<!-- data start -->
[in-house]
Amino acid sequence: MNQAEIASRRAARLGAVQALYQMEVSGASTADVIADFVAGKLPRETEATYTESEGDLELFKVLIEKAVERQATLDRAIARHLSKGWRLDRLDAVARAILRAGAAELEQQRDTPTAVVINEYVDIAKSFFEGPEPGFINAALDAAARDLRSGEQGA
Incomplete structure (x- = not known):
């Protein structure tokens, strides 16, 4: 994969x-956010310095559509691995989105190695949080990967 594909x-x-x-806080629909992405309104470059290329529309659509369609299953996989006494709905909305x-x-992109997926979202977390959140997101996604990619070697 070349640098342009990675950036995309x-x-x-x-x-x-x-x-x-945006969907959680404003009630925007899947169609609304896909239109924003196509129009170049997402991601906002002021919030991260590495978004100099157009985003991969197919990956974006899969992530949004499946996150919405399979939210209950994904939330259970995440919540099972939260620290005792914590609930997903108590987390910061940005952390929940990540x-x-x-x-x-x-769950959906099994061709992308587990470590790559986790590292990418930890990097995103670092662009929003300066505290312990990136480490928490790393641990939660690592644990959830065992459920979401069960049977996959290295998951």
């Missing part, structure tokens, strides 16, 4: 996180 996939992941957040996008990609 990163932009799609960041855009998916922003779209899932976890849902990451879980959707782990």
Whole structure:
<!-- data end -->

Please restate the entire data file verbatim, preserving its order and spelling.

[in-house]
Amino acid sequence: MNQAEIASRRAARLGAVQALYQMEVSGASTADVIADFVAGKLPRETEATYTESEGDLELFKVLIEKAVERQATLDRAIARHLSKGWRLDRLDAVARAILRAGAAELEQQRDTPTAVVINEYVDIAKSFFEGPEPGFINAALDAAARDLRSGEQGA
Incomplete structure (x- = not known):
């Protein structure tokens, strides 16, 4: 994969x-956010310095559509691995989105190695949080990967 594909x-x-x-806080629909992405309104470059290329529309659509369609299953996989006494709905909305x-x-992109997926979202977390959140997101996604990619070697 070349640098342009990675950036995309x-x-x-x-x-x-x-x-x-945006969907959680404003009630925007899947169609609304896909239109924003196509129009170049997402991601906002002021919030991260590495978004100099157009985003991969197919990956974006899969992530949004499946996150919405399979939210209950994904939330259970995440919540099972939260620290005792914590609930997903108590987390910061940005952390929940990540x-x-x-x-x-x-769950959906099994061709992308587990470590790559986790590292990418930890990097995103670092662009929003300066505290312990990136480490928490790393641990939660690592644990959830065992459920979401069960049977996959290295998951």
């Missing part, structure tokens, strides 16, 4: 996180 996939992941957040996008990609 990163932009799609960041855009998916922003779209899932976890849902990451879980959707782990």
Whole structure: